Oral/ Systemic Health

"The terms oral health and general health should not be interpreted as separate entities," (Donna E. Shalala, former Secretary of Health and Human Services). Oral health is integral to general health and is essential to the overall health and wellbeing of all individuals. The early identification of oral disease may contribute to the early diagnosis and treatment for a number of systemic diseases. 

Oral health means more than healthy teeth. The word "oral" refers to the mouth which includes not only the teeth, gums and supporting tissue, but also the hard and soft palate, the mucosal lining of the mouth and throat, the tongue, the lips, the salivary glands, the chewing muscles and the jaw. The salivary glands are a model of other exocrine glands, and an analysis of saliva can provide clues of overall health or disease. A thorough oral examination can detect signs of nutritional deficiencies as well as a number of systemic diseases, including infections, immune disorders, injuries and some cancers. 

Periodontal diseases have been linked to a variety of conditions with systemic implications. Likewise, systemic diseases can have an impact on oral health. Studies have demonstrated an association between periodontal diseases and cardiovascular disease, stroke, respiratory infections, diabetes, osteoporosis, HIV, and adverse pregnancy outcomes. 

  • Cardiovascular Disease and Stroke: Bone loss in the portion of the jaw containing tooth sockets (a measure of periodontal disease) is a significant predictor of chronic heart disease. Bacteria found in periodontal disease can also lead to blood clots, increasing the risk for heart attacks or stroke. According to the National Institute of Dental and Craniofacial Research, people with periodontal disease may be more likely to develop cardiovascular disease.
     
  • Respiratory Infections: As the infectious agents that cause respiratory diseases are found in significantly higher concentrations in people with periodontal disease, respiratory diseases, such as pneumonia, chronic bronchitis and chronic obstructive pulmonary disease can be adversely affected by periodontal disease. The elderly and patients with compromised immune function are particularly susceptible. 
     
  • Diabetes: Diabetes manifests orally and is recognized by the U.S. Centers for Disease Control and Prevention (CDC) as the fourth leading cause of death in America. The association between diabetes and periodontal disease is well documented. As diabetic patients have a compromised ability to respond to infections, they are at greater risk for periodontal disease. What’s more, periodontal disease appears to make it more difficult for diabetics to stabilize their blood glucose levels. For these reasons, good daily oral hygiene and early detection of gum disease are essential for the diabetic patient.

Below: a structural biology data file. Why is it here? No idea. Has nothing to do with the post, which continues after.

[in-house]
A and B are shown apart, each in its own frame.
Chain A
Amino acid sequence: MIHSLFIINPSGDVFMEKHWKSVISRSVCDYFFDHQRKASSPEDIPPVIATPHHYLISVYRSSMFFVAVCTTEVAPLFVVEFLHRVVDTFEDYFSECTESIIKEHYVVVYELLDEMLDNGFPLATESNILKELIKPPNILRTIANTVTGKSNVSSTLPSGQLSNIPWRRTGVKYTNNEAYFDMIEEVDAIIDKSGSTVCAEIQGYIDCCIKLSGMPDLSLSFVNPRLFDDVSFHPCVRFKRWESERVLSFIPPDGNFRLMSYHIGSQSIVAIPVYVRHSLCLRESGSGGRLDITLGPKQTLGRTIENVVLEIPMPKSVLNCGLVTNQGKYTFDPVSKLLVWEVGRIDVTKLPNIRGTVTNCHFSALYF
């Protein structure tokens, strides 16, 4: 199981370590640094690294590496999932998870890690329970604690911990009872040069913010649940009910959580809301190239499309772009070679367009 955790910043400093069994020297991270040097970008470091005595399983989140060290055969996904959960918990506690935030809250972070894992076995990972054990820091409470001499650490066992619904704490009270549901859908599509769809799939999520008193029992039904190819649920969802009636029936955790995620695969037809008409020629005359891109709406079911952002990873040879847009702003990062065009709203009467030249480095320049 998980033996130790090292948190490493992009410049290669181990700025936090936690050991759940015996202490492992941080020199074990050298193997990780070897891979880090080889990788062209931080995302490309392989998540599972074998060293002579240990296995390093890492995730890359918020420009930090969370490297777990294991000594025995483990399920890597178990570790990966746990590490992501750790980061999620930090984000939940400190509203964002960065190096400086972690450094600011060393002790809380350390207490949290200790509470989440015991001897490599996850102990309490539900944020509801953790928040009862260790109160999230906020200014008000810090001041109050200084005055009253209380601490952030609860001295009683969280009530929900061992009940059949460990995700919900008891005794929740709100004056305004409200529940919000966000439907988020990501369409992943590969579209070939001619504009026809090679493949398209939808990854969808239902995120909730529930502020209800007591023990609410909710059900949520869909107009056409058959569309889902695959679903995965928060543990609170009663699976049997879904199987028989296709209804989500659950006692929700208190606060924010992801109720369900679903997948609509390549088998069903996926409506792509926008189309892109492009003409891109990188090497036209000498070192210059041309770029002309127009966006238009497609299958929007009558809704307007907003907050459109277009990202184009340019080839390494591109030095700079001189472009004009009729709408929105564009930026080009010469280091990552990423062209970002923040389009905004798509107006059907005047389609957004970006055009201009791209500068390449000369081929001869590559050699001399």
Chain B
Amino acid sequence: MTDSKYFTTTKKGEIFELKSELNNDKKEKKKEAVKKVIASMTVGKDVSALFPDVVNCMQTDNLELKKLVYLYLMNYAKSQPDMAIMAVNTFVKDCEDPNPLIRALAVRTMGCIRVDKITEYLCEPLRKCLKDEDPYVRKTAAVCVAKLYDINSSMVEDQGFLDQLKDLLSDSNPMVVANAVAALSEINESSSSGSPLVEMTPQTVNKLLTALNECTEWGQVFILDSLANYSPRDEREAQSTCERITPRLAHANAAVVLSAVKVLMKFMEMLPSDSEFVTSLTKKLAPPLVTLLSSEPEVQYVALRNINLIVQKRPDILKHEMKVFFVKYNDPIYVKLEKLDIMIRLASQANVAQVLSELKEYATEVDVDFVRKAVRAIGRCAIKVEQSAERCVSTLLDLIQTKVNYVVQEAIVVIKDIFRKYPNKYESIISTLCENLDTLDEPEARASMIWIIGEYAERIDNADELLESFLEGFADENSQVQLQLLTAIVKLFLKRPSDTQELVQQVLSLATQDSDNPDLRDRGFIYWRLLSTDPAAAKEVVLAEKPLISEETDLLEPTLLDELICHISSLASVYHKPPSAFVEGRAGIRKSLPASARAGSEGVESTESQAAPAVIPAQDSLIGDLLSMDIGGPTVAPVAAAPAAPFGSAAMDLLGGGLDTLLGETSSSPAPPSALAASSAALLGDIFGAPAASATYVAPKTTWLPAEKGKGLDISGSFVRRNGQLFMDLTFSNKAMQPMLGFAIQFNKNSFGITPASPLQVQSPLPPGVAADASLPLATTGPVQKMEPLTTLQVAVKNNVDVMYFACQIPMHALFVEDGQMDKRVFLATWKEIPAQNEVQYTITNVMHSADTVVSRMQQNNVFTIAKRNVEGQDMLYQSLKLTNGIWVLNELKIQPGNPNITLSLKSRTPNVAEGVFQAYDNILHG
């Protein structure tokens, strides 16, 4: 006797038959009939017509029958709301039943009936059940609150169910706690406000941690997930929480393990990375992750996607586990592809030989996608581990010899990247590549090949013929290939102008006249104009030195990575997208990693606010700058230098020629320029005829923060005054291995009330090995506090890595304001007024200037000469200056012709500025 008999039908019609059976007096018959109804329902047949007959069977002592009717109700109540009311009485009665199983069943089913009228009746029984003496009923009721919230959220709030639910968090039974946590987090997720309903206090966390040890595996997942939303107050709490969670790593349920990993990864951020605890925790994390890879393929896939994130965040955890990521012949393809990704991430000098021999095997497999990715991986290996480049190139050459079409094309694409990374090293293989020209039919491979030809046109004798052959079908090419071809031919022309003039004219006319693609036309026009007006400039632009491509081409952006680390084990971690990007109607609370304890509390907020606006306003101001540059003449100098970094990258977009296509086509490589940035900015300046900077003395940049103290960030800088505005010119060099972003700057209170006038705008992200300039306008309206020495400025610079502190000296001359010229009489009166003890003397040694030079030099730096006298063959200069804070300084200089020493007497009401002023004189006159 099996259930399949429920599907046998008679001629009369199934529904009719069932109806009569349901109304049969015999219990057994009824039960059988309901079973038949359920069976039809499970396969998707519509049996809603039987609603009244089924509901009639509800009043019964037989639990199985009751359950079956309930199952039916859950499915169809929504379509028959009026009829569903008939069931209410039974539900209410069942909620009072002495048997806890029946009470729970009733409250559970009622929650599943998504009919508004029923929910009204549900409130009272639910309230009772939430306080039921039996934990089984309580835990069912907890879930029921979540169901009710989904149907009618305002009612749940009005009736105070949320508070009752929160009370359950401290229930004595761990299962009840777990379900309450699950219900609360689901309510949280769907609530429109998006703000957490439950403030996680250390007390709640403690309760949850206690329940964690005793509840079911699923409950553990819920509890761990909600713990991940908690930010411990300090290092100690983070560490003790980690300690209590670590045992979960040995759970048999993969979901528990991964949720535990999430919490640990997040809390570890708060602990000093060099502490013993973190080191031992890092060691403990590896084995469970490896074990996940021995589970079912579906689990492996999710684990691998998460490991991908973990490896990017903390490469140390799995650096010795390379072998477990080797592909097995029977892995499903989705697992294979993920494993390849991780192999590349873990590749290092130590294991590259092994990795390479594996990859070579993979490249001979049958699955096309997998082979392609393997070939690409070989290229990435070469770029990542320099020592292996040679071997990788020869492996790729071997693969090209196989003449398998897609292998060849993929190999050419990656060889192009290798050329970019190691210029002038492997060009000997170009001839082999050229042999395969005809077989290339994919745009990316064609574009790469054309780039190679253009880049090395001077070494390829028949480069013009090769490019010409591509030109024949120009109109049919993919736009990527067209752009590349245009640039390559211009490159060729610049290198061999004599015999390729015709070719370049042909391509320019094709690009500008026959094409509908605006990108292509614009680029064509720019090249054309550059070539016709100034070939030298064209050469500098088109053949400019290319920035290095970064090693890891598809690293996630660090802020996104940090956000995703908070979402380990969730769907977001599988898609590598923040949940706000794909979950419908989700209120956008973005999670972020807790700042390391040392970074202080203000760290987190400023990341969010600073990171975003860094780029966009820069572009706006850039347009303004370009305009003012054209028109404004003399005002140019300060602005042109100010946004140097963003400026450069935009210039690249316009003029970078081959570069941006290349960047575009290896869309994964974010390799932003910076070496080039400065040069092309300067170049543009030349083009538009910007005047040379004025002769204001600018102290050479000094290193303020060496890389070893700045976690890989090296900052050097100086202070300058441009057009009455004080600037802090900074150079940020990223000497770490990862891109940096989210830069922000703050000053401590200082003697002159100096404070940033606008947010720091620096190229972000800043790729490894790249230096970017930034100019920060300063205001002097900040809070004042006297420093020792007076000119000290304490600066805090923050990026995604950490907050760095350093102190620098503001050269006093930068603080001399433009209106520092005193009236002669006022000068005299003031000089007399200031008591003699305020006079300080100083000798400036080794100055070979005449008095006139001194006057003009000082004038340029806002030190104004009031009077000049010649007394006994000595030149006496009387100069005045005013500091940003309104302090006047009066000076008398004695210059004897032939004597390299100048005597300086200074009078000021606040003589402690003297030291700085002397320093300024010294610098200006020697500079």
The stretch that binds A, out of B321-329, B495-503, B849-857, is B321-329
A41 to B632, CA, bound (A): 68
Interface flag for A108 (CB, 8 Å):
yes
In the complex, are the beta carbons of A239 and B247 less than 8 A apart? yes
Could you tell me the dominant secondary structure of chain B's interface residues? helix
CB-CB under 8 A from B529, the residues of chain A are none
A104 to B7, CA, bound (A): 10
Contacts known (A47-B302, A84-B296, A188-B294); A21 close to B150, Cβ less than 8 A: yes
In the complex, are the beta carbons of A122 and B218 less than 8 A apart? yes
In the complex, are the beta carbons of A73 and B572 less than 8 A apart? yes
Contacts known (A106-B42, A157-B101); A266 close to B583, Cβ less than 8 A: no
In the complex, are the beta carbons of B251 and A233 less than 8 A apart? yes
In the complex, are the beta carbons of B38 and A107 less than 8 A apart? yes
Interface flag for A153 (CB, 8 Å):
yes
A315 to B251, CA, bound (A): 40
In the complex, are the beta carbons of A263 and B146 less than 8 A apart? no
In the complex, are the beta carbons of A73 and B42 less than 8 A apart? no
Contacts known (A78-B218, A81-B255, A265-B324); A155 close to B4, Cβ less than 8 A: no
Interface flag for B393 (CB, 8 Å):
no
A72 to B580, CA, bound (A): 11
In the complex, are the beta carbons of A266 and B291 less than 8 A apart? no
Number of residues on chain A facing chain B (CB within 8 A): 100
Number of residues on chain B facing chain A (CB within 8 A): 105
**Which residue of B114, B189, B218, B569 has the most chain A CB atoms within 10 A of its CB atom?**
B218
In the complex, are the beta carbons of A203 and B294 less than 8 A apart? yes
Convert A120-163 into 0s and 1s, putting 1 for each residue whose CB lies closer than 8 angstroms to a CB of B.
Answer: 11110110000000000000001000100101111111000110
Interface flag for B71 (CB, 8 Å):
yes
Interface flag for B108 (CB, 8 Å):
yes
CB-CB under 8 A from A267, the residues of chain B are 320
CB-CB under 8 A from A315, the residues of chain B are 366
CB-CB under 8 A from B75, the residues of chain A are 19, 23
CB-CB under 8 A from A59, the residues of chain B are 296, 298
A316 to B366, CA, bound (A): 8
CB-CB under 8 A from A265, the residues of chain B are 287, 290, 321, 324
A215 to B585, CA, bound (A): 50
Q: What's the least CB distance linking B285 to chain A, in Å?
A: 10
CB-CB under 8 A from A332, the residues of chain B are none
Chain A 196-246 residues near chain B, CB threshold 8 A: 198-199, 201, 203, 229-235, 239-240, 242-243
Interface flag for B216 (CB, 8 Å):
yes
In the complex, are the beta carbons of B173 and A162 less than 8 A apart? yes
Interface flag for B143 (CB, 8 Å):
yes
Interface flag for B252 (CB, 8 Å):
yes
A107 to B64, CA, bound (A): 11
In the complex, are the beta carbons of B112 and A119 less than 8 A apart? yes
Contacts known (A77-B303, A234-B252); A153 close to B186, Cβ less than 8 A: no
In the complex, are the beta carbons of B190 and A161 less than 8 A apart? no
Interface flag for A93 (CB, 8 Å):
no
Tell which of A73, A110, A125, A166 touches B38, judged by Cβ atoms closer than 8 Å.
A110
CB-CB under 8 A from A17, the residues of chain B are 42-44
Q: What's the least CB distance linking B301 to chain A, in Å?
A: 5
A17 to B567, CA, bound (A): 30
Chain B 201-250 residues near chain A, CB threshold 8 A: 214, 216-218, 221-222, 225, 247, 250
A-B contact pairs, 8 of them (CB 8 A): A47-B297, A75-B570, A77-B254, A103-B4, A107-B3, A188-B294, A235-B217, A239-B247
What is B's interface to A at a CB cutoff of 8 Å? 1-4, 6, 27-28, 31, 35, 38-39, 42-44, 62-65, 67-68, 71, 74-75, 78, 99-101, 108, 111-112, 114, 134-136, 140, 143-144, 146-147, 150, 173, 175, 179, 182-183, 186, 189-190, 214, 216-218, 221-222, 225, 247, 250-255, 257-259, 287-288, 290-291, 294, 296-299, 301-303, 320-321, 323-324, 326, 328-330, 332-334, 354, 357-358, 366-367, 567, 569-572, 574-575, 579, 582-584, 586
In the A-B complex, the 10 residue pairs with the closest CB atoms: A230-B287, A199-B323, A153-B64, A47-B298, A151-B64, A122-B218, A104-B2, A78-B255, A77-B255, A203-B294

• Osteoporosis: Signs of osteoporosis, a condition affecting more than 20 million people in the United States, can also be detected through oral examinations and dental x-rays. There is a strong relationship between bone metabolism and oral health. Routine dental x-rays could be used to screen for bone loss.
     
  • HIV/AIDS: A disease which often manifests itself first in the mouth is HIV/AIDS. Inflammation of the gums and lesions are often present. Spontaneous bleeding is a frequent finding in the HIV positive patient, as is Candidiasis, an infection associated with impaired immune function. 
     
  • Pregnancy: Periodontal disease has been linked to premature births and under-weight babies. Researchers estimate that as many as 18 percent of the 250,000 premature low-weight infants born in the United States each year may be attributed to infectious oral disease. Additionally, elevated levels of hormones in expectant mothers may cause the gums to react differently to the bacteria found in plaque, increasing susceptibility to gum inflammation and disease during pregnancy. 

The World Health Organization expanded the definition of health to mean "a complete state of physical, mental, and social well-being, and not just the absence of infirmity." It follows that oral health is essential to that wellbeing. Craniofacial tissues, whose function we often take for granted represent the very essence of our humanity. They allow us to speak and smile; sigh and kiss; smell, taste, touch, chew and swallow; and convey a world of feelings and emotions through facial expressions. 

Resources: 

  • US Department of Health and Human Services. “Oral Health in America: A Report of the Surgeon General -- Executive Summary.” National Institute of Dental and Craniofacial Research, National Institutes of Health, 2000. 
     
  • National Institute of Dental and Craniofacial Research. “The Oral-Systemic Health Connection.” Accessed 6 November 2002 www.nidcr.nih.gov/HealthInformation/DiseasesAndConditions/OralSystemicHealthConnection/default.htm (Please check this link)
     
  • American Dental Hygiene Association. “The Future of Oral Health.” Accessed 8 July 2002. adha.org/profissues 
     
  • Genco, R., D.D.S., Ph.D., Offenbacher, S., D.D.S. Ph.D. Beck, J. Ph.D. "Periodontal disease and cardiovascular disease.” JADA Vol. 133 (2002):pg. 145
     
  • National Diabetes Information Clearinghouse, "Keep your teeth and gums healthy."Accessed 13 February 2003. http://diabetes.niddk.nih.gov/dm/pubs/complications_teeth/ 
     
  • "Osteoporosis and Oral Health Closely Linked, Study Shows.” Doctor's Guide to Medical and Other News, February 1998 Accessed 13 February 2003 www.pslgroup.com/dg/5b56e.htm 
     
  • The Association of State and Territorial Health Officials, "The Oral Health and Chronic Disease Connection." May 2002 Accessed 13 February 2003 www.astho.org/docs/access/ohcd.htm 
     
  • Sedano, H., D.D.S. "Frequent Oral Diseases in HIV Positive and AIDS Patients." Accessed 13 February 2003